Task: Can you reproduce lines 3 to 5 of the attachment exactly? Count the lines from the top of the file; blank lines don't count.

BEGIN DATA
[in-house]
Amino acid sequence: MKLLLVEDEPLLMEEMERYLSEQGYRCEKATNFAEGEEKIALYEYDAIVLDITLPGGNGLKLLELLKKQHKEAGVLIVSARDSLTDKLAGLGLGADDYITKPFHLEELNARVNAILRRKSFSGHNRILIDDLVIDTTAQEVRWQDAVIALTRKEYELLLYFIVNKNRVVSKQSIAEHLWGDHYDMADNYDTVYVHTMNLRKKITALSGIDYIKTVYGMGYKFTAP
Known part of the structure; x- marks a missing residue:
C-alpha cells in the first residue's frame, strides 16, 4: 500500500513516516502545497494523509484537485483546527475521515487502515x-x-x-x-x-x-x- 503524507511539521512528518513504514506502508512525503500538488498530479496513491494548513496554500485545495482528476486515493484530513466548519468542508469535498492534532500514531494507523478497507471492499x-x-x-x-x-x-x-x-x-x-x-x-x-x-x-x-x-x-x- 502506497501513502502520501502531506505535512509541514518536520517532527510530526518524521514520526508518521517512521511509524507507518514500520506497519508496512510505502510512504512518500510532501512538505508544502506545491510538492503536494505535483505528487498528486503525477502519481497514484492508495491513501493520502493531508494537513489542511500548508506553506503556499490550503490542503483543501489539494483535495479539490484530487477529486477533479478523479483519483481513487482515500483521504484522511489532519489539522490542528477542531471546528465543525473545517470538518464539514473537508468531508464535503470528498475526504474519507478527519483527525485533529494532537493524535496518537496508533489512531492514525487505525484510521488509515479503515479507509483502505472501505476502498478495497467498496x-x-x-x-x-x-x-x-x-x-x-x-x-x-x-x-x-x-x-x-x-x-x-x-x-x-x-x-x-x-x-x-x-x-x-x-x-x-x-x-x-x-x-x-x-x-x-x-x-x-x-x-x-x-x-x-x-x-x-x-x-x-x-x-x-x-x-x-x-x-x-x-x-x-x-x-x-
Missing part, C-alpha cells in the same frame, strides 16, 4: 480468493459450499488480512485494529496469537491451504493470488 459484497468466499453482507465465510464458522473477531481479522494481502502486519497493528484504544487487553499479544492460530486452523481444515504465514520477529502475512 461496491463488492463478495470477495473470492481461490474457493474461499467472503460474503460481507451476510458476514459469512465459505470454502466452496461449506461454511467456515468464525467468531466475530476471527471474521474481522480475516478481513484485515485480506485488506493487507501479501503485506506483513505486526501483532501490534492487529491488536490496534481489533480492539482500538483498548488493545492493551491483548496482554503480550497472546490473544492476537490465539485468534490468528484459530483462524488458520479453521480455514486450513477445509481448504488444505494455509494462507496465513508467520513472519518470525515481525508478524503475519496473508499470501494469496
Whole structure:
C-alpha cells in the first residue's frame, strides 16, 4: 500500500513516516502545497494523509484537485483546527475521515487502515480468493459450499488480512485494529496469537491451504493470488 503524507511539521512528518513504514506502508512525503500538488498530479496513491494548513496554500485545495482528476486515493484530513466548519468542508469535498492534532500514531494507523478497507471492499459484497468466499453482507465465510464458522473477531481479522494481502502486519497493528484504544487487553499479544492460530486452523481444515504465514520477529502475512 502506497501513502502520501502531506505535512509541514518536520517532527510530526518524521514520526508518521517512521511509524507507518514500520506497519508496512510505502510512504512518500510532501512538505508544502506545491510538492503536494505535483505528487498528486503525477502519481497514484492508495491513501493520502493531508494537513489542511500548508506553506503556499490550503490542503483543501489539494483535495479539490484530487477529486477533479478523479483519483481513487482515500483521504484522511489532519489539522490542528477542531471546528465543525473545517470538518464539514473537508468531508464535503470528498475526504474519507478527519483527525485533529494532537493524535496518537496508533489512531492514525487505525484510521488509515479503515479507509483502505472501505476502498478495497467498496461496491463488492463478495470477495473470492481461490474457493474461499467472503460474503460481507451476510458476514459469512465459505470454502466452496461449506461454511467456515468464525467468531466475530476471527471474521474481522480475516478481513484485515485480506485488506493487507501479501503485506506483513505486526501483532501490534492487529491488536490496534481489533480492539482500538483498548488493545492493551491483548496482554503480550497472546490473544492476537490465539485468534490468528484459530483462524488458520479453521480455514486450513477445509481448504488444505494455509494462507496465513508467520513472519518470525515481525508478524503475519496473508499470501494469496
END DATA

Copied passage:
Known part of the structure; x- marks a missing residue:
C-alpha cells in the first residue's frame, strides 16, 4: 500500500513516516502545497494523509484537485483546527475521515487502515x-x-x-x-x-x-x- 503524507511539521512528518513504514506502508512525503500538488498530479496513491494548513496554500485545495482528476486515493484530513466548519468542508469535498492534532500514531494507523478497507471492499x-x-x-x-x-x-x-x-x-x-x-x-x-x-x-x-x-x-x- 502506497501513502502520501502531506505535512509541514518536520517532527510530526518524521514520526508518521517512521511509524507507518514500520506497519508496512510505502510512504512518500510532501512538505508544502506545491510538492503536494505535483505528487498528486503525477502519481497514484492508495491513501493520502493531508494537513489542511500548508506553506503556499490550503490542503483543501489539494483535495479539490484530487477529486477533479478523479483519483481513487482515500483521504484522511489532519489539522490542528477542531471546528465543525473545517470538518464539514473537508468531508464535503470528498475526504474519507478527519483527525485533529494532537493524535496518537496508533489512531492514525487505525484510521488509515479503515479507509483502505472501505476502498478495497467498496x-x-x-x-x-x-x-x-x-x-x-x-x-x-x-x-x-x-x-x-x-x-x-x-x-x-x-x-x-x-x-x-x-x-x-x-x-x-x-x-x-x-x-x-x-x-x-x-x-x-x-x-x-x-x-x-x-x-x-x-x-x-x-x-x-x-x-x-x-x-x-x-x-x-x-x-x-
Missing part, C-alpha cells in the same frame, strides 16, 4: 480468493459450499488480512485494529496469537491451504493470488 459484497468466499453482507465465510464458522473477531481479522494481502502486519497493528484504544487487553499479544492460530486452523481444515504465514520477529502475512 461496491463488492463478495470477495473470492481461490474457493474461499467472503460474503460481507451476510458476514459469512465459505470454502466452496461449506461454511467456515468464525467468531466475530476471527471474521474481522480475516478481513484485515485480506485488506493487507501479501503485506506483513505486526501483532501490534492487529491488536490496534481489533480492539482500538483498548488493545492493551491483548496482554503480550497472546490473544492476537490465539485468534490468528484459530483462524488458520479453521480455514486450513477445509481448504488444505494455509494462507496465513508467520513472519518470525515481525508478524503475519496473508499470501494469496